This is part of a post that’s been sitting on my desktop for sometime, however I’ve been spurned onto publishing it by the recent posts from my colleague John Robertson about the use of IMS Content Packaging and QTI in the current UK OER programme.
Part of the support function we at CETIS offer to a number of JISC programmes evolves around our project database PROD. We have (and continue to) developed PROD as a means of capturing information around the technical approaches, standards and technologies projects are using. This enables us to get a programme level overview of activity, what’s hot/what’s not in terms of “things” (standards/technologies) projects are using and identifying potential development areas. Wilbert Kraan has also recently blogged about his experiments around a linked data approach to information stored in PROD giving an overview of JISC activity.
John reflected that “In comparison to many e-learning development projects few projects in the UK OER programme are using elearning specific technology (more on this in a future post) and as a result out-of-the-box support for CP is not prevalent in the programme. There is also only limited use of VLEs in the programme”. In contrast projects in the current JISC Curriculum Delivery programme quite unsurprisingly as the programme is about course delivery, make substantial use of VLEs. In fact of the almost 60 different types of technologies and standards identified in use throughout the programme, the most prevalent is VLEs, with Moodle being used by half of the projects. But like the OER programme few of the projects are packaging their courses. In fact only 3 projects are using IMS CP and 3 SCORM. And in some ways that is probably down to the default export functions on tools rather than a considered approach to packaging material.
Now in many ways this doesn’t really matter. The world has moved on, we’re all working the cloud, linked data with relate everything to everything when, where and how we want it . . . So, has the content interoperability within VLEs exercise failed? Do the real users, and not those of use at the cutting edge of development, just not need to think about it? Are there enough, workable alternatives?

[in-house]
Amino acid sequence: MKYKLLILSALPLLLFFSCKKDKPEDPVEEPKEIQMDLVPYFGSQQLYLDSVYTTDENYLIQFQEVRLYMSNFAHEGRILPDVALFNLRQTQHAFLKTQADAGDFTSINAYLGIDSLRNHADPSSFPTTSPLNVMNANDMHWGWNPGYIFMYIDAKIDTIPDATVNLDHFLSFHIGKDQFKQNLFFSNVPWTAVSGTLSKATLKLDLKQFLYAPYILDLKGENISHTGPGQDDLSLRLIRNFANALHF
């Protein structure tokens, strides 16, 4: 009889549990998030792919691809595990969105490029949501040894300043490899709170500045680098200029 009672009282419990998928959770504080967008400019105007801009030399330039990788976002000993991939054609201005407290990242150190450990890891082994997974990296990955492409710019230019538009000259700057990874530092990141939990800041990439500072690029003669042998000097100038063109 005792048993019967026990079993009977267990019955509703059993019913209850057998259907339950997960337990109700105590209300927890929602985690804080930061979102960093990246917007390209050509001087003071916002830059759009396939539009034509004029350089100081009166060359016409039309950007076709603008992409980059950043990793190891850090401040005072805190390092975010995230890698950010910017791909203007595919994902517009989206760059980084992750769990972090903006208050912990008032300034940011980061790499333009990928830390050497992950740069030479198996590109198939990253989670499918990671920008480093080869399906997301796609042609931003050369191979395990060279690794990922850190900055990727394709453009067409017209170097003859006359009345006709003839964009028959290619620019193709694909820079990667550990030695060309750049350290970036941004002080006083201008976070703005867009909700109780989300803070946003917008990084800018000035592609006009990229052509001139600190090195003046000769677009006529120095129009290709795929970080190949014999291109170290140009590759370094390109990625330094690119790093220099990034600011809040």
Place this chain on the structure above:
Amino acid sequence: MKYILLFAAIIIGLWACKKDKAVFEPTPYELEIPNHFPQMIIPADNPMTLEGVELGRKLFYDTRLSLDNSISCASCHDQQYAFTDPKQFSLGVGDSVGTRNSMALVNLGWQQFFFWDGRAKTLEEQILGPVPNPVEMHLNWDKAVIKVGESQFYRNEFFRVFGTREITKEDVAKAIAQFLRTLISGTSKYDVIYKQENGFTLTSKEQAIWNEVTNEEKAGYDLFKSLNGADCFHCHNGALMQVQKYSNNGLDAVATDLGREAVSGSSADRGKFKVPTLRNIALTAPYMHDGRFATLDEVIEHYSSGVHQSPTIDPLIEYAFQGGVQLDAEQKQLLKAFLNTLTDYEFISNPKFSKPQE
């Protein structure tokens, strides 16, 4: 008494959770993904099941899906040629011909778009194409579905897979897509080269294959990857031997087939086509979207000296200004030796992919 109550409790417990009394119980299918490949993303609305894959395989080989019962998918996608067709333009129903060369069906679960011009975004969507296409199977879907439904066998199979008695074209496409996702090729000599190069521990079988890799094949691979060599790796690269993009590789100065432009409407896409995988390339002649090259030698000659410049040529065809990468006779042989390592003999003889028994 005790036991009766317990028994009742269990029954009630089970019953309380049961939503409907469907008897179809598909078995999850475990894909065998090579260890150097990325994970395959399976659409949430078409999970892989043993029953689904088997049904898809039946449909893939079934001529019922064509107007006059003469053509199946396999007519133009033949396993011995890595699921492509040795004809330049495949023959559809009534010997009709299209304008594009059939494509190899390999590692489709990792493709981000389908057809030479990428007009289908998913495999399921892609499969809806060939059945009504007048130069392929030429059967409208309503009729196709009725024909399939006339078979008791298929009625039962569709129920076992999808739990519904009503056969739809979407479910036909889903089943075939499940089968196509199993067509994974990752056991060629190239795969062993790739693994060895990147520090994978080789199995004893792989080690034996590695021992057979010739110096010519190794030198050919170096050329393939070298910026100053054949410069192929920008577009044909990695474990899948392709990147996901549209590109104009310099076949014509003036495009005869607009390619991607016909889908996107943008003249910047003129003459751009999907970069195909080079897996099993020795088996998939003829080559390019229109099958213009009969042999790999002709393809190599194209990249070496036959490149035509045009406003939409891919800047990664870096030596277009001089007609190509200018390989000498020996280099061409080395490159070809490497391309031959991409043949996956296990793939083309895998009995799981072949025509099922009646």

However I do think it is interesting that there seems to be some kind of gap around content packaging. Maybe this is due to a mix of bias and guilt. I have spent vast chunks of time in IMS meetings trying to improve the spec. Was it all just a waste of time? Should I really just go and open my shoe shop? Is IMS CC doomed to the same fate as CP? Well actually Warwick Bailey, ICODEON, gave a presentation at our distributed learning environments meeting last week which provides a pretty compelling case for use standards based structured content.
With the OER programme we’ve had a number of discussions in the office around people looking for ways to essentially wrap their content and CP just doesn’t seem to feature in their radar. I know that there are other ways of pushing out content but in terms of archiving and allowing people to download content CP is actually a pretty good option – particularly for learning resources. John also commented that another reason for not choosing CP could be that “detailed structuring seen as superfluous?” Well maybe, but actually, having structuring is really useful for end users. And for archiving purposes CP does have its merits too.
I suppose what I’m trying to say is that sometimes we don’t always have to look for the shiny and new, sometimes there are things out there that are maybe a little less shiny but functional nonetheless.